What your customers face if the shutdown comes
Closing would affect more than 800,000 federal employees, including some White House staffers
- By Alyah Khan
- Apr 06, 2011
Contingency plans are in the works as the government prepares funding to expire on April 8.
Expect about 800,000 federal employees to stop working, said a senior administration official in a conference call for reporters April 6. That figure is based on what happened during the last government shutdown in the mid-1990s, the official said.
That rough estimate doesn’t account for changes since the previous shutdown though, such as the Veterans Affairs Department’s multi-year appropriations and the creation of the Homeland Security Department.
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Those who won't be staying home, according to the official, fall into two broad categories – those that receive funding from other sources, such as user fees or multi-year appropriations, and activities that are necessary for the safety of life or protection of property, such as the military and law enforcement.
But almost everything else the government does would come to a halt, the official said, specifically naming the processing of tax refunds for paper-filed returns, the approval of applications for small-business loan guarantees, and new home loan guarantees. In addition, the National Parks and the Smithsonian Institute would close.
According to guidance released by the Office of Personnel Management April 5, federal agencies also wouldn’t have the authority to pay their employees during a shutdown regardless of whether they are working as “excepted” or furloughed as “non-excepted.”
“Excepted employees will receive pay for hours worked when the Congress passes and the president signs a new appropriation or continuing resolution,” the guidance states. “Congress will also determine whether non-excepted employees will receive pay for the furlough period.”
The senior administration official explained during the call that those in the military would keep working during a shutdown but would not receive their paychecks until Congress appropriates funds for the remainder of fiscal 2011.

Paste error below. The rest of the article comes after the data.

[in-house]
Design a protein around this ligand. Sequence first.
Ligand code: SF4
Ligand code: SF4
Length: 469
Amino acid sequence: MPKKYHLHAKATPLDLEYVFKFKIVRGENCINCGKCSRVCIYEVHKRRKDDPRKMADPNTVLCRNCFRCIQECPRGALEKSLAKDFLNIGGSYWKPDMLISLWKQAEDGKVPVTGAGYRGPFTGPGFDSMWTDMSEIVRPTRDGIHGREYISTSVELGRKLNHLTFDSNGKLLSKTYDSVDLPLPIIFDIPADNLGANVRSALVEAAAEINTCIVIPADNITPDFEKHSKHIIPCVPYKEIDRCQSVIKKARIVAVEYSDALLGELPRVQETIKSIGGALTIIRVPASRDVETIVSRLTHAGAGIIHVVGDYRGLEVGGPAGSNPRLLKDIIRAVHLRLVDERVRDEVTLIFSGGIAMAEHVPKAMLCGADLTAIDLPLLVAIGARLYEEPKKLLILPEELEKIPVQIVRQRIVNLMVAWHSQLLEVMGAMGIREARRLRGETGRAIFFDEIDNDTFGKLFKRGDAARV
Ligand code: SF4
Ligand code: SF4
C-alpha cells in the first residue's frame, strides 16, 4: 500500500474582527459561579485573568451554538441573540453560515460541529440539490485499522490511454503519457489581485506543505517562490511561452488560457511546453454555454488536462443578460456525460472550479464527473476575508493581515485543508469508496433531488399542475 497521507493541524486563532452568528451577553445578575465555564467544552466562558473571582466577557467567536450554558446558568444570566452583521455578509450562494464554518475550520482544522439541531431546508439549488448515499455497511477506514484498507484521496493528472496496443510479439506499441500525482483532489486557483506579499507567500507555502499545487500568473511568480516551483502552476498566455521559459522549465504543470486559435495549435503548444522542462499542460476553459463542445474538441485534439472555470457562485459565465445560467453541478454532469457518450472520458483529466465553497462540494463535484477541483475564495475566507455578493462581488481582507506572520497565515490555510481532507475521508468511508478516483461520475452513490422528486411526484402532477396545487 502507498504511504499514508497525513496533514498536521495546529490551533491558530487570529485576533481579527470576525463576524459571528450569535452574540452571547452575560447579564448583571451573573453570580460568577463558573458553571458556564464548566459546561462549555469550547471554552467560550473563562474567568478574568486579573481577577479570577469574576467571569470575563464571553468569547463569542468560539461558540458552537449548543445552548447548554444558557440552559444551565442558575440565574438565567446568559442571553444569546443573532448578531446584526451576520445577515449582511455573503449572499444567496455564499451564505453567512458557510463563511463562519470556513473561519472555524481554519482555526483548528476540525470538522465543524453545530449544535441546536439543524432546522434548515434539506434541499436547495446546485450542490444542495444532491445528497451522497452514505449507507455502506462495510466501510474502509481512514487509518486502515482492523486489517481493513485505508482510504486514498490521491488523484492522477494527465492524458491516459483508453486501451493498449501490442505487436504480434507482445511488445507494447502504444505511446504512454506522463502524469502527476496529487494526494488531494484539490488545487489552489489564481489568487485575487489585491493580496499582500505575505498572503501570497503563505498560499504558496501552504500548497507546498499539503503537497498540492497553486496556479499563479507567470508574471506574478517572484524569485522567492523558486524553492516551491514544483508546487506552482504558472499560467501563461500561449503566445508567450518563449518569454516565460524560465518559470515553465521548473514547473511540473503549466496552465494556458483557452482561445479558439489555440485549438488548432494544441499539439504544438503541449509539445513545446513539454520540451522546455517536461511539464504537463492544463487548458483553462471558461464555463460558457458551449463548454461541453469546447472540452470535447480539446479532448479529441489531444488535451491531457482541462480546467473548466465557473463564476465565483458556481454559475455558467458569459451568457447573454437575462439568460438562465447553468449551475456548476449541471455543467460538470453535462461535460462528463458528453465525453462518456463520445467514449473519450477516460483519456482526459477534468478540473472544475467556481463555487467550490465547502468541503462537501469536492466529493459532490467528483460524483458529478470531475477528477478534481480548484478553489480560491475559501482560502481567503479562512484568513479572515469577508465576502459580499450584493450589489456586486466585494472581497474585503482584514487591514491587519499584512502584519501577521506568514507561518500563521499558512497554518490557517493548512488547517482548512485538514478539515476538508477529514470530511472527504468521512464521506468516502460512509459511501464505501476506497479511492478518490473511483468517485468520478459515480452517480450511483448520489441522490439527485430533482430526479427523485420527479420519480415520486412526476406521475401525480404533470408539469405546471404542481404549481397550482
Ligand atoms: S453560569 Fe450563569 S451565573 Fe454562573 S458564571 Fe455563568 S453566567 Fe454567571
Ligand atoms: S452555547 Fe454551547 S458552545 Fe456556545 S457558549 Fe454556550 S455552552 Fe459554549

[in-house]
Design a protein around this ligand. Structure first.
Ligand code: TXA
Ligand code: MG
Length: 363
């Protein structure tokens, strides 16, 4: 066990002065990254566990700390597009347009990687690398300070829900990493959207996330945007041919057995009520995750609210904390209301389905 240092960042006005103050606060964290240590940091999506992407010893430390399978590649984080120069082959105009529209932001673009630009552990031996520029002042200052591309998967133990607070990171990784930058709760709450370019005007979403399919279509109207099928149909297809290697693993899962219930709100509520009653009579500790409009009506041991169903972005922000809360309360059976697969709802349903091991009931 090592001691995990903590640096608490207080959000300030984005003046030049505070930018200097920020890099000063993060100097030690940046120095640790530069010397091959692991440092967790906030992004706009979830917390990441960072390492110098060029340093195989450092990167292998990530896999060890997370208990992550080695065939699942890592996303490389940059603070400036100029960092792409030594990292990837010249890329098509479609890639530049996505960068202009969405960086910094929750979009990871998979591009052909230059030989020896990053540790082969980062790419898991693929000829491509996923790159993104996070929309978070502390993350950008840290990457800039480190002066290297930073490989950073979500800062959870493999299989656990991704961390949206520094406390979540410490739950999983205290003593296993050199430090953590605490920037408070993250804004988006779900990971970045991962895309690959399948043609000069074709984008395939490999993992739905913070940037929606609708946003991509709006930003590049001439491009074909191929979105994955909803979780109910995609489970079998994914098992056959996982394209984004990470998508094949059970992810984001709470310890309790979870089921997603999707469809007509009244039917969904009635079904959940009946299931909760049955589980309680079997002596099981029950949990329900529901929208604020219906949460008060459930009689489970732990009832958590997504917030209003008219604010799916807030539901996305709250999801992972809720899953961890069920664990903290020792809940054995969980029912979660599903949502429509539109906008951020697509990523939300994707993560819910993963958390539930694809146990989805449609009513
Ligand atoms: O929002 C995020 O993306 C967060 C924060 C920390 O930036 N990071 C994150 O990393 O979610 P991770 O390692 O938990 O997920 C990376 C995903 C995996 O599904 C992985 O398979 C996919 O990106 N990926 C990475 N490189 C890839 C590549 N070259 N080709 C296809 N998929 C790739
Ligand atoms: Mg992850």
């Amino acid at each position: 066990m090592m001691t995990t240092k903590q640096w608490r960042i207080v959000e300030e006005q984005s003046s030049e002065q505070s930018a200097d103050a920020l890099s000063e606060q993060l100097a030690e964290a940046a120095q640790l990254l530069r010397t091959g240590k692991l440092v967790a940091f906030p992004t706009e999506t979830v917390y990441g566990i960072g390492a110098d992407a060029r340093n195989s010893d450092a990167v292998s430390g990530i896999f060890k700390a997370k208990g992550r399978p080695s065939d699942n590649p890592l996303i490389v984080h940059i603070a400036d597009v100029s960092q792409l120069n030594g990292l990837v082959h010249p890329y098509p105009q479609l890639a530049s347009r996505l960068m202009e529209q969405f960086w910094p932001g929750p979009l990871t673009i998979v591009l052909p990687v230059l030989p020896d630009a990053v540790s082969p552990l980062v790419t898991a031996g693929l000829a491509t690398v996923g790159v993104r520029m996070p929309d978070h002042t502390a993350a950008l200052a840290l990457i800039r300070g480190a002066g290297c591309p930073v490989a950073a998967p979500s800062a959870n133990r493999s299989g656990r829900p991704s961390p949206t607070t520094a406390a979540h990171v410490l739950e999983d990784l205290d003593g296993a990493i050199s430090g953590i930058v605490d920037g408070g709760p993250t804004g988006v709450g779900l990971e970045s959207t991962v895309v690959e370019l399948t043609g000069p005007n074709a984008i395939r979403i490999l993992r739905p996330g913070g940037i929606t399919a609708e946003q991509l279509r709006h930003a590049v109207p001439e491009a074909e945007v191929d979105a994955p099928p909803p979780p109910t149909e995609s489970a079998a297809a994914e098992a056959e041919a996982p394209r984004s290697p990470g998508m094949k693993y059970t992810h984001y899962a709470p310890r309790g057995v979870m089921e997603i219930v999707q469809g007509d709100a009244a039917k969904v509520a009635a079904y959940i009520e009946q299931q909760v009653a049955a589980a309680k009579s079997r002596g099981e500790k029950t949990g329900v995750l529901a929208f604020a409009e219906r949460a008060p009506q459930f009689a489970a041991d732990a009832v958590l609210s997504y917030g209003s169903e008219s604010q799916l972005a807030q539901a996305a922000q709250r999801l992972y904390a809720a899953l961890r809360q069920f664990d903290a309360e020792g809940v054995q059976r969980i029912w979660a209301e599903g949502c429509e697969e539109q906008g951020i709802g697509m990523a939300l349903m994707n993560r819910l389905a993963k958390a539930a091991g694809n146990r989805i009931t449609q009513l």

The civilian workforce at the Defense Department would have the same consideration as others in the federal government, meaning that they will be notified about their status as an excepted or non-excepted employee. However, the official said he expects, “a significant number of DOD civilian employees would be furloughed if the government shuts down.”
Similar to federal agencies across-the-board, the White House would also experience “significantly lower staffing levels” if Congress fails to reach a long-term agreement on this year’s budget, the official added.
Budget talks at the White House that took place April 5 with congressional leadership reportedly didn’t result in any compromise, but Obama is pledging a hard-line going forward.
“We can’t have a my-way or the high-way approach to this problem because if we start applying that approach, where I’ve got to get 110 percent of everything I want or else I’m going to shut down the government, we’re not going to get anything done this year,” he said at a news conference April 5.
Obama said that he is no longer willing to fund agencies through short-term extensions, adding that there is “no excuse” for lawmakers not to get a fiscal 2011 budget passed and prevent the government from shutting down.
Alyah Khan is a staff writer covering IT policy.